In this blog post, we'll explore how to get specific with math or non-math classroom issues before we develop strategies. We'll also see an example of how to build a rubric from the ground up. === “My kids just won’t work together.” This (or something like it) is a common complaint I hear during professional … Continue reading Specifics before Strategies

## Your Student Portfolio System Begins Now

As we transition back into School Mode, I’d like to offer a brief encouragement to use this school year to establish a system of student portfolios. If you’d like a “why” around this, I’ll point you to my Shadowcon Talk from a couple years ago. https://www.youtube.com/watch?v=aKgyvk28STM If you’d prefer not to watch a video, here … Continue reading Your Student Portfolio System Begins Now

## Problem Based Learning and supporting English Language Learners

A classroom with quality, complex problems as its cornerstones can support English Language Learners. First let’s check out a few “ground rules” about supporting English Language Learners. The following ground rules are not exhaustive, but are pulled strategically from English Language Learners and the New Standards by Margaret Heritage, Aída Walqui, and Robert Linquanti. Use … Continue reading Problem Based Learning and supporting English Language Learners

## What Khan Academy Gets Really, Really Right

There is no shortage of criticism of Khan Academy around these parts. In fact, Khan Academy criticism was among the first unifying themes of the math blogosphere. Since then, however, KA has made their platform more robust and useful. And those of us who swore it off might want to take another look. I’m taking … Continue reading What Khan Academy Gets Really, Really Right

## What teacher training and PD can learn from Trader Joe’s

When we got a Trader Joe's in our humble little burg of Fort Collins there was much rejoicing. Now we have a place to get all sorts of goodies, which I'll describe in more detail in a moment. Sadly, due to some byzantine Colorado laws they cannot carry Two-Buck Chuck. Nevertheless, I hit up TJ's … Continue reading What teacher training and PD can learn from Trader Joe’s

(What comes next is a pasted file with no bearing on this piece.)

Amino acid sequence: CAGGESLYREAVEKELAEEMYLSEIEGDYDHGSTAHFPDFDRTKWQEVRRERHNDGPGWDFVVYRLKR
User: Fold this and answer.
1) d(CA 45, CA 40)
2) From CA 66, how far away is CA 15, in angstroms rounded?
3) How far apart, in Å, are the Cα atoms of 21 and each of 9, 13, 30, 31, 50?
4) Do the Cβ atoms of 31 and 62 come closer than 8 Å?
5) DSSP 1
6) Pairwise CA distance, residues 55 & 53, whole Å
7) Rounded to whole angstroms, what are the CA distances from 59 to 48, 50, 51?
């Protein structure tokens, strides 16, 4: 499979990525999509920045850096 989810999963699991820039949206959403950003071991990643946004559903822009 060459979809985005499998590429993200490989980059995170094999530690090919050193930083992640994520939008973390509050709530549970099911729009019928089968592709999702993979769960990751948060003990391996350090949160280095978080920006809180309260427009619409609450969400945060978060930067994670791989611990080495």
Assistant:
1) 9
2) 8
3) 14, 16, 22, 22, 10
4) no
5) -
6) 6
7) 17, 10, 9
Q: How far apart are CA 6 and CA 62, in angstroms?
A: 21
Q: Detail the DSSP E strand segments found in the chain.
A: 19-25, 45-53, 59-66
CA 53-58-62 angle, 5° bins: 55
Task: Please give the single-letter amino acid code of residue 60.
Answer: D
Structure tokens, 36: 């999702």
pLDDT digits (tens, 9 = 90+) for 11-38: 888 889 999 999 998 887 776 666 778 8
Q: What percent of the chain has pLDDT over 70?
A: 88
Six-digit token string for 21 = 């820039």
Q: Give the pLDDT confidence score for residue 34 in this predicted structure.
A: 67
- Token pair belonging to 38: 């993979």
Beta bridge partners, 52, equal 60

## I’m not sure what the second step is, but the first to understand

Recently I had a conversation with a special education coordinator. He was struggling to keep his kids in their classes. They kept getting sent out for disruptive behavior, being off task, or not playing well with others. He talked about parents who would leave IEPs in tears. These meetings - and other informal meetings - … Continue reading I’m not sure what the second step is, but the first to understand

## Active Caring, a how-to

I've given the book talk (by other names) a few times now, and I'm noticing some patterns of what's really resonating. One small, but significant piece that's fostering conversation is a section around Active Caring vs. Passive Caring. I've blogged a bit about this in the past, so feel free to check out those posts. There appears … Continue reading Active Caring, a how-to

## Mathematical play, but, like, for older kids

Chris and Melissa gave a great talk on the importance of mathematical play at NCTM-Seattle last week. You can see their Math-on-a-Stick work on their website. There you can see pictures and examples and of children enjoying and playing with math in interesting and delightful ways. One of my many takeaways from their keynote was … Continue reading Mathematical play, but, like, for older kids

## Active Caring (and Epilogue): the essential ingredient

This is a post in the ongoing Emergent Math mini-series: Routines, Lessons, Problems, and Projects. As we stand on the balcony and gaze out at our own version of the MCU (Math Class Universe) that consists of Routines, Lessons, Problems, and Projects, we must be sure we're not missing the crucial ingredient that stitches it … Continue reading Active Caring (and Epilogue): the essential ingredient

## Projects: what they’ll remember in 20 years

This is a post in the ongoing Emergent Math mini-series: Routines, Lessons, Problems, and Projects. I graduated high school twenty years ago this year. What's remarkable is how little I actually remember about my classes. I remember certain feelings I had towards particular teachers or classes, but not the actual classroom action itself. There are three exceptions. … Continue reading Projects: what they’ll remember in 20 years